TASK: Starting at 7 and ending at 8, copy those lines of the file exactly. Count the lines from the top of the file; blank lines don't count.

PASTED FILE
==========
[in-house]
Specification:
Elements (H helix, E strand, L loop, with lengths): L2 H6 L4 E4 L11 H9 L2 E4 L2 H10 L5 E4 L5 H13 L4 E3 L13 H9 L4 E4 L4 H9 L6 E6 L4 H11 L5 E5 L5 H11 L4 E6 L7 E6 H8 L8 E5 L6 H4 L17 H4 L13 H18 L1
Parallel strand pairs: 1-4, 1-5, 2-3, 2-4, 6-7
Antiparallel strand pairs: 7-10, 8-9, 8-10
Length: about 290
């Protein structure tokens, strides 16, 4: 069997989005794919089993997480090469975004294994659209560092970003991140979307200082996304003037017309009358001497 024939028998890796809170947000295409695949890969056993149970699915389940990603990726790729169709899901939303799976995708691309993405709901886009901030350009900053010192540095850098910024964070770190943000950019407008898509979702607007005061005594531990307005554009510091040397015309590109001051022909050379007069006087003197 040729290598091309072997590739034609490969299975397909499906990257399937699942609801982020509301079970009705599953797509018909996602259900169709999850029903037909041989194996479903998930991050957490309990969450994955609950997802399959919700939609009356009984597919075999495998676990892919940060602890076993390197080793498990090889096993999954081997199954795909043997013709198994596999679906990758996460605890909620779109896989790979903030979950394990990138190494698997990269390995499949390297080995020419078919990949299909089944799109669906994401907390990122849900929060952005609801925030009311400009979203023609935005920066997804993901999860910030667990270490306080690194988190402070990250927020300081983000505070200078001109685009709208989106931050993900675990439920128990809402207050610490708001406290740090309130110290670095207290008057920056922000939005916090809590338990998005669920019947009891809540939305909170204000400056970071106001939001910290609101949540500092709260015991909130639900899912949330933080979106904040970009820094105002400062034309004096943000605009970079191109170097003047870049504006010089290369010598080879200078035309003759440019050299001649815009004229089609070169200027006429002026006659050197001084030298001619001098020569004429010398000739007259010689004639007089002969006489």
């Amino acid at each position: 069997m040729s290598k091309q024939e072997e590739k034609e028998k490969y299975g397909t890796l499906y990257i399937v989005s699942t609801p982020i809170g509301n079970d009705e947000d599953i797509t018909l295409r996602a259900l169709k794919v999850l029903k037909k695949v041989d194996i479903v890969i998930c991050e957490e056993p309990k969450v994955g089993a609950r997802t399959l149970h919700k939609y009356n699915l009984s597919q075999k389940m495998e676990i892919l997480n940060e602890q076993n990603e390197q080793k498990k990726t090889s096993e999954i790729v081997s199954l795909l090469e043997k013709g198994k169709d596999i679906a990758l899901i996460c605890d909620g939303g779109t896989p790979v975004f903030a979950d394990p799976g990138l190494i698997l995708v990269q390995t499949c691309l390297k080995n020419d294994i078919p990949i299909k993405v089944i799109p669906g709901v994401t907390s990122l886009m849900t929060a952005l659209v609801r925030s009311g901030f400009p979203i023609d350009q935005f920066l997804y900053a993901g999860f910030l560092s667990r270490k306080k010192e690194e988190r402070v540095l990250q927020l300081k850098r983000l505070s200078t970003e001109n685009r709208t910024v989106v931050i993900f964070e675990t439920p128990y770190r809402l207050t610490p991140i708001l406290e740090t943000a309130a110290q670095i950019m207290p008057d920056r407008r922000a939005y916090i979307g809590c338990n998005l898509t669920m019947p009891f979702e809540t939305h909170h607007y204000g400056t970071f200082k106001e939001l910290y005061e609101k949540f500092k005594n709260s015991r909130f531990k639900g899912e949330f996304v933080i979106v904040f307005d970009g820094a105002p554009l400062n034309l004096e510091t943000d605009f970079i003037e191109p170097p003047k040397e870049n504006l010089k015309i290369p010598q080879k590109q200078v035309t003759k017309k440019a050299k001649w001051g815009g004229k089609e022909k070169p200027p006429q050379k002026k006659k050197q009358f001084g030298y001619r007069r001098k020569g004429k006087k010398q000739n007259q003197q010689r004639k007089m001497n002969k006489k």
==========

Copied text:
């Protein structure tokens, strides 16, 4: 069997989005794919089993997480090469975004294994659209560092970003991140979307200082996304003037017309009358001497 024939028998890796809170947000295409695949890969056993149970699915389940990603990726790729169709899901939303799976995708691309993405709901886009901030350009900053010192540095850098910024964070770190943000950019407008898509979702607007005061005594531990307005554009510091040397015309590109001051022909050379007069006087003197 040729290598091309072997590739034609490969299975397909499906990257399937699942609801982020509301079970009705599953797509018909996602259900169709999850029903037909041989194996479903998930991050957490309990969450994955609950997802399959919700939609009356009984597919075999495998676990892919940060602890076993390197080793498990090889096993999954081997199954795909043997013709198994596999679906990758996460605890909620779109896989790979903030979950394990990138190494698997990269390995499949390297080995020419078919990949299909089944799109669906994401907390990122849900929060952005609801925030009311400009979203023609935005920066997804993901999860910030667990270490306080690194988190402070990250927020300081983000505070200078001109685009709208989106931050993900675990439920128990809402207050610490708001406290740090309130110290670095207290008057920056922000939005916090809590338990998005669920019947009891809540939305909170204000400056970071106001939001910290609101949540500092709260015991909130639900899912949330933080979106904040970009820094105002400062034309004096943000605009970079191109170097003047870049504006010089290369010598080879200078035309003759440019050299001649815009004229089609070169200027006429002026006659050197001084030298001619001098020569004429010398000739007259010689004639007089002969006489």
């Amino acid at each position: 069997m040729s290598k091309q024939e072997e590739k034609e028998k490969y299975g397909t890796l499906y990257i399937v989005s699942t609801p982020i809170g509301n079970d009705e947000d599953i797509t018909l295409r996602a259900l169709k794919v999850l029903k037909k695949v041989d194996i479903v890969i998930c991050e957490e056993p309990k969450v994955g089993a609950r997802t399959l149970h919700k939609y009356n699915l009984s597919q075999k389940m495998e676990i892919l997480n940060e602890q076993n990603e390197q080793k498990k990726t090889s096993e999954i790729v081997s199954l795909l090469e043997k013709g198994k169709d596999i679906a990758l899901i996460c605890d909620g939303g779109t896989p790979v975004f903030a979950d394990p799976g990138l190494i698997l995708v990269q390995t499949c691309l390297k080995n020419d294994i078919p990949i299909k993405v089944i799109p669906g709901v994401t907390s990122l886009m849900t929060a952005l659209v609801r925030s009311g901030f400009p979203i023609d350009q935005f920066l997804y900053a993901g999860f910030l560092s667990r270490k306080k010192e690194e988190r402070v540095l990250q927020l300081k850098r983000l505070s200078t970003e001109n685009r709208t910024v989106v931050i993900f964070e675990t439920p128990y770190r809402l207050t610490p991140i708001l406290e740090t943000a309130a110290q670095i950019m207290p008057d920056r407008r922000a939005y916090i979307g809590c338990n998005l898509t669920m019947p009891f979702e809540t939305h909170h607007y204000g400056t970071f200082k106001e939001l910290y005061e609101k949540f500092k005594n709260s015991r909130f531990k639900g899912e949330f996304v933080i979106v904040f307005d970009g820094a105002p554009l400062n034309l004096e510091t943000d605009f970079i003037e191109p170097p003047k040397e870049n504006l010089k015309i290369p010598q080879k590109q200078v035309t003759k017309k440019a050299k001649w001051g815009g004229k089609e022909k070169p200027p006429q050379k002026k006659k050197q009358f001084g030298y001619r007069r001098k020569g004429k006087k010398q000739n007259q003197q010689r004639k007089m001497n002969k006489k």